Criminal Law

Crim. Law Journal Spring/Summer 2020, Vol. 20, Issue 2


By Bora Ndregjoni*


Think about every single digital file currently stored on your smartphone. Pictures of your family or beloved pet, reminders to pick up your dry cleaning and attend your work meeting this Friday, your bank statements and digital debit cards, and the thousands of personal messages or e-mails sent to your boss, colleagues, friends, and loved ones. Now imagine a police officer approaches you, questions you, and then commands you to use your biometric features, such as your fingerprint or face identification, to unlock your cellphone. What do you do? Can you plead your Fifth Amendment right to remain silent and refuse to comply with the officer’s order? The answer to these questions depends on the state in which your currently reside. Sadly, compelling biometric features—perhaps directly in contrast to Fifth Amendment protections—is common practice in certain states.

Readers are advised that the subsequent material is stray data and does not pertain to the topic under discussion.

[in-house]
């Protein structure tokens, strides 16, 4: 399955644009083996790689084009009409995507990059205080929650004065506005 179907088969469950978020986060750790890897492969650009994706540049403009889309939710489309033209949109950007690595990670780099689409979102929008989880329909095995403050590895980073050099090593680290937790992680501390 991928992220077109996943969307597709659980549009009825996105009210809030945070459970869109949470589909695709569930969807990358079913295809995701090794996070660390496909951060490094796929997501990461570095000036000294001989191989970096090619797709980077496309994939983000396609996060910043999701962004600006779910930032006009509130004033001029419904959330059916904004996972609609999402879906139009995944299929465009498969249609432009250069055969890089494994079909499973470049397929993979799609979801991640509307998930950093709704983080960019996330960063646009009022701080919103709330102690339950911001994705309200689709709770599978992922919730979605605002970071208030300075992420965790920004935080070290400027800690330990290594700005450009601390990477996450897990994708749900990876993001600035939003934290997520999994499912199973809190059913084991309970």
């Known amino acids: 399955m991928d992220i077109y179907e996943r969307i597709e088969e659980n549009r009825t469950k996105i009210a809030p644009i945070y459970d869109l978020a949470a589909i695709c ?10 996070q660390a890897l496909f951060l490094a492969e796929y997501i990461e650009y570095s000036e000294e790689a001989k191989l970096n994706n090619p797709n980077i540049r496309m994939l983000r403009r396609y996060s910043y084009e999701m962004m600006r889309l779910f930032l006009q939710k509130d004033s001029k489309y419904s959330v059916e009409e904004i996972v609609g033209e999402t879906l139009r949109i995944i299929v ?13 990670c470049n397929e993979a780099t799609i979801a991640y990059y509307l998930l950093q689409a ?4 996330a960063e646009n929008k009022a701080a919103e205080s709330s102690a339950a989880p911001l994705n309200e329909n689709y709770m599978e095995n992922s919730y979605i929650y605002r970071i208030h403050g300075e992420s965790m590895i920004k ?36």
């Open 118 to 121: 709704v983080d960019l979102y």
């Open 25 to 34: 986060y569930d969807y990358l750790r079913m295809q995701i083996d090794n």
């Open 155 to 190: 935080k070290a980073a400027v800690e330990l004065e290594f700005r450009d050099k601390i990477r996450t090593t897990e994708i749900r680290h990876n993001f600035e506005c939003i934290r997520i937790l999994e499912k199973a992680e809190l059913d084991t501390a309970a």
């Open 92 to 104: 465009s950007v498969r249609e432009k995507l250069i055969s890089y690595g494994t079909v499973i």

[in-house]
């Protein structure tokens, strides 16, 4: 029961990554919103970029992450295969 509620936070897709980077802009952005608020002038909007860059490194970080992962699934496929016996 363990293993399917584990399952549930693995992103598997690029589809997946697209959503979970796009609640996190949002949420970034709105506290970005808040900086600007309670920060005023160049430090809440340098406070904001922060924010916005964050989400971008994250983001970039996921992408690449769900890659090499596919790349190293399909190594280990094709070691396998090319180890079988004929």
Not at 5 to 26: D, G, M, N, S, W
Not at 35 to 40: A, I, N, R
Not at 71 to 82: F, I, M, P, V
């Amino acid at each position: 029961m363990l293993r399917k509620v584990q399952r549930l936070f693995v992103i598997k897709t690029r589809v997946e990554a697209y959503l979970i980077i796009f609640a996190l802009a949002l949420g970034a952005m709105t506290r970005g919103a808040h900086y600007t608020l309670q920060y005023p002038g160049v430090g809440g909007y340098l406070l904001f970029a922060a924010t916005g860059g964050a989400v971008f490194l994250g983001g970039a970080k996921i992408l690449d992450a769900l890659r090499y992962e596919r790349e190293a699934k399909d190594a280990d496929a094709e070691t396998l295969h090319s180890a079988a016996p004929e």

Alarmingly, existing case law hardly addresses this issue: whether the compulsion of a biometric feature, such as a fingerprint or facial recognition identification used to unlock a cellphone, falls within Fifth Amendment protection.1 Recently, in a landmark case, the United States District Court for the Northern District of California ruled that police officers cannot compel individuals to use biometric features to unlock their cellphones, as doing so would violate the Fifth Amendment.2 This ruling not only more adequately protects individual privacy interests, but it also safeguards one’s Fifth Amendment rights even in an era where technology is outpacing the law.3 The Supreme Court of the United States has yet to hear this issue, and it remains a question of first impression in the vast majority of lower courts.

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